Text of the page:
You know I’m not trying to be all nail-in-the-butt mopey Eeyore all the time….
but a week in the house to myself led me to contemplating some things beginning with watching coworker “Hot Stuff” go off the deep end on crank tied to her leg like a cement block…with that in mind here’s my life during the life of this blog outside of the Pub. Thanks for readership! Give me a day or two to get resettled and I’ll be back to my goofy wacky self with descriptions of my disturbing clientele and insane coworkers and my commentaries on other bloggers on food/beverage industry issues. Maybe this will help explain who I am better and where I come from. In the meantime, please check out my lovely friend and fellow class-act Cordelia at http://becausewerenotallthere.wordpress.com/ ! Thanks again to the Bitchy Waiter and the Slightly Cranky Waitress for featuring me on their blog roll and as a guest blogger! I got the biggest number of hits today than I have in the entire life of the blog combined!
As a bartender, the pressure to drink is ridiculous at times and some nights I go the entire time without thinking about the four bottles of chilled Rumpleminz….so easy to mix on ice with triple sec and sprite and keep in a to-go cup I typically keep my beverage of the evening (something like Monster or later, water) in. Obviously some nights I sweat as the taste of alcohol spilling across my tongue makes me shudder like a lover’s touch. I remember how I remind myself that I am an alcoholic….social drinkers don’t typically get aroused by the idea of drinking. For me it was the sole pleasure to depend on, good ol’ booze, the best and worst of times in a bottle, a best friend when I had destroyed everything I worked for.
I began my DUI classes earlier this evening and started attending A.A. meetings again at a local church last month. I spoke during the open discussion how hard it could be and someone reached over and patted me on the knee: a weathered and tanned older woman with sharp spiky hair and a flowery blouse, a warm Dr. Pepper in front of her, talked about how she was a cocktail waitress her first few years of sobriety. The older gentleman golfers in the corner sucked in a collective “oooh, oh man” when I discussed my livelihood.
I should be celebrating almost 150 days of sobriety but for three weeks in March I slipped up: I went out and drank one night when my parents and siblings were out of town and I had no accountability. My spidey-sense tingled that hanging out with this old ‘friend’ was the wrong idea and next thing I knew I was at a club in the city making out on the dance floor with an ex who screwed up my life and my head big-time, a half empty bourbon and sprite in one hand. I couldn’t stop drinking. Then me and this friend were half-naked in the front of an SUV in a dank and dirty parking lot by a church I used to attend many years ago.
So back to day one. For three weeks I drank in the evening when I worked. No more than four shots, no less than four. It made me dizzy, my head light and floating and my movements unsure. Then I got cut early one Friday night and I was shocked: I couldn’t go home tasting my alcohol! I went to the bathroom and made myself throw up a few ounces of Southern Comfort, rinsing out my mouth, washing my face, furious with myself for failing, angry, so angry, so sad.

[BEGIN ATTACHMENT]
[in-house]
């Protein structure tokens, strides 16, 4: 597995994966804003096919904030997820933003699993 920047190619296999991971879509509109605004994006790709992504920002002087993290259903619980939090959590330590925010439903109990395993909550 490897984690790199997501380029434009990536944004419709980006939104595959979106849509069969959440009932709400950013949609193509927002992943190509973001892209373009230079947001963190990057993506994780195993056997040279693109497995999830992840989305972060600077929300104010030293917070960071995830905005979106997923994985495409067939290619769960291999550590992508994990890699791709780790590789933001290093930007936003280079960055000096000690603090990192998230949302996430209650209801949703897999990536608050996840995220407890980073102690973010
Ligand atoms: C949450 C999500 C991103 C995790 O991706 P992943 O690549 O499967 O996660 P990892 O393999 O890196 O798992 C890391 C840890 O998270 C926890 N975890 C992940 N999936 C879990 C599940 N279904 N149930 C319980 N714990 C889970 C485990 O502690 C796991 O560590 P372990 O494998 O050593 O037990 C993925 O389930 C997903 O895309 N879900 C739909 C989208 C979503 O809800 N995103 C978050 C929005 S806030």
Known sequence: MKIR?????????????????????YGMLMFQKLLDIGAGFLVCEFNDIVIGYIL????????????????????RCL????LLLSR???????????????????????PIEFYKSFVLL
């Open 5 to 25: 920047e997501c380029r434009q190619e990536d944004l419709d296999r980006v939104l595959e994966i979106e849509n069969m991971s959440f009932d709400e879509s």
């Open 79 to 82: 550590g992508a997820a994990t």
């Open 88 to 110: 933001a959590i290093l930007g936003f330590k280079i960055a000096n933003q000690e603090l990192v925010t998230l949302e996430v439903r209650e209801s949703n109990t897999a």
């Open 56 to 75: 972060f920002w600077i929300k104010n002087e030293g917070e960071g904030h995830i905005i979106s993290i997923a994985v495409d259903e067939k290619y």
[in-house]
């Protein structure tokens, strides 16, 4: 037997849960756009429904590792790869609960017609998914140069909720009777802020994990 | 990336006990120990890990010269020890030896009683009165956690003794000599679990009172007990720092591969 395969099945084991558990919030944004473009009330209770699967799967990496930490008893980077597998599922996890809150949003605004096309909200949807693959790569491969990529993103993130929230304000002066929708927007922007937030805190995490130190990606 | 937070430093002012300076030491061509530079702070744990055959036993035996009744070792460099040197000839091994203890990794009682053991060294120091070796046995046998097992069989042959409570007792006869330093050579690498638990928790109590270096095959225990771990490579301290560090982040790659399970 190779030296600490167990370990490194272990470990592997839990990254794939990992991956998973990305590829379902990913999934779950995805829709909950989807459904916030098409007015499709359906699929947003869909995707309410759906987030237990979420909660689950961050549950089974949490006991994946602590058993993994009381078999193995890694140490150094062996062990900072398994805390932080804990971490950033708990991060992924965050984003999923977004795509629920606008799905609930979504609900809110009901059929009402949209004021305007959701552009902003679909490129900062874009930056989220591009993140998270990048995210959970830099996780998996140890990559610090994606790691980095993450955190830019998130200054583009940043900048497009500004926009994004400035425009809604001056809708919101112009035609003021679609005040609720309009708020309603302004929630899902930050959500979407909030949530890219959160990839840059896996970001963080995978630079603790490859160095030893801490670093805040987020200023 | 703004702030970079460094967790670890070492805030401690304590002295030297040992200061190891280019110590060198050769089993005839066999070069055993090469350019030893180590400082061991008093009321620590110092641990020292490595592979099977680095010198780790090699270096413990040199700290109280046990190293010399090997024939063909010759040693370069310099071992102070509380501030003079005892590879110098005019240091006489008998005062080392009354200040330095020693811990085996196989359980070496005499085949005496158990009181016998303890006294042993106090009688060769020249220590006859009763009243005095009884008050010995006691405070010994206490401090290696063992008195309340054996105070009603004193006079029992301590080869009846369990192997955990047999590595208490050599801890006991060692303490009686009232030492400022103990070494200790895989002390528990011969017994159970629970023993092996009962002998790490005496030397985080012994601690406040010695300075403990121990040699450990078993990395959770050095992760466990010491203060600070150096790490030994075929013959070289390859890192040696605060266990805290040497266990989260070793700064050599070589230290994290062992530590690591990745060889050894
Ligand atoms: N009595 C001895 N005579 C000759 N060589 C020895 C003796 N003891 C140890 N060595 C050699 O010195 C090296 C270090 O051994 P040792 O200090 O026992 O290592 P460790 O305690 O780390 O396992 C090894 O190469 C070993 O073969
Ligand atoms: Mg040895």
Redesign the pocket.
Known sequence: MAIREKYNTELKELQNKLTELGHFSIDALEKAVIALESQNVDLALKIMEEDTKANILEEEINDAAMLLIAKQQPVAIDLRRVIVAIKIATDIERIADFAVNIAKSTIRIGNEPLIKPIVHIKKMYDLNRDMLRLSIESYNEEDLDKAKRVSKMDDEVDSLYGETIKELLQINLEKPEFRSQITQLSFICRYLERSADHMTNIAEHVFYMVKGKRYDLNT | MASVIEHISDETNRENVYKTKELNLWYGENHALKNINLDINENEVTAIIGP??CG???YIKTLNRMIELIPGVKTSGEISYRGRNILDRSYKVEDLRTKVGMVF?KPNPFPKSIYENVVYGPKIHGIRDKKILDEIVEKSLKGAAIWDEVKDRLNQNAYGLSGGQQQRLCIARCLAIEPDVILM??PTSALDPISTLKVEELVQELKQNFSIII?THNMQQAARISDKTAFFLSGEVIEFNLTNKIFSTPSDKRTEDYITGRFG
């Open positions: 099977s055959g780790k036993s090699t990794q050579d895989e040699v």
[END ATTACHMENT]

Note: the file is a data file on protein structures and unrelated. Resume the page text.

I don’t like alcohol. It robs me of my focus, my intensity, my smile, the way I am in tune with my bar, my work and the mental juggling that is the Pub on a weekend. I couldn’t focus on schoolwork when I got home, the buzz wearing off. My tongue felt thick and I wasn’t sharp with a catty comeback, I felt delirious and feverish. No one knew I was buzzed, but I did. I almost threw away my job and a lot of other important things. I almost built the wall up between me and my life, pushed myself like a snail in a pretty shell away from the madding crowd.
So back to day one.
And then it was day two.
I promised myself when I woke up that I would lay my head down to sleep sober. I saw myself as a drinker and it wasn’t pretty.
So I recite the Serenity Prayer to myself, a ‘frozen text’ (a term from linguistics class in college) that holds a very powerful reminder than I can control myself and barricade away my addictions from destroying my life. When that’s gone I can deal with life as everything it was meant to be, thriving instead of surviving, hanging on to my last shreds of sanity with white knuckles, walking down the road on many a sleepless night contemplating throwing myself in front of a car or the time I tried to drink myself to death. The road to self-destruction wasn’t beautiful, kind or filled with bright colors and never-ending joy. My life is all of that….now. I can control myself and how I respond to the outside world, and that’s it, day by day.
And in doing so I am finally happy, hopeful for the future, and joyful. So instead of freaking out about the Dean vs. Eiffel debate, chafing under Bob’s authority or reacting when Peach’s old bouncer squeeze is talking about how he’s supposedly going to start bartending (oh hell no absolutelyfucking NOT) I recite the Serenity Prayer. I even sat down with Peach and apologized for coming across as defensive if she tries to correct me, reminding her that my pride and arrogance are my greatest downfalls, trying to make sure we’re always on the same page even when her personal issues seem to cloud her reaction to the ways of the Pub. I encouraged the Squeeze to practice his pours to help speed along his progress in ‘bar training’ and ramped up my speed behind the bar, and politely acquiesced to Bob even though he’s going down the wrong path.
I can only worry about myself and my life and how I respond to what’s in my way, nothing nor no one else.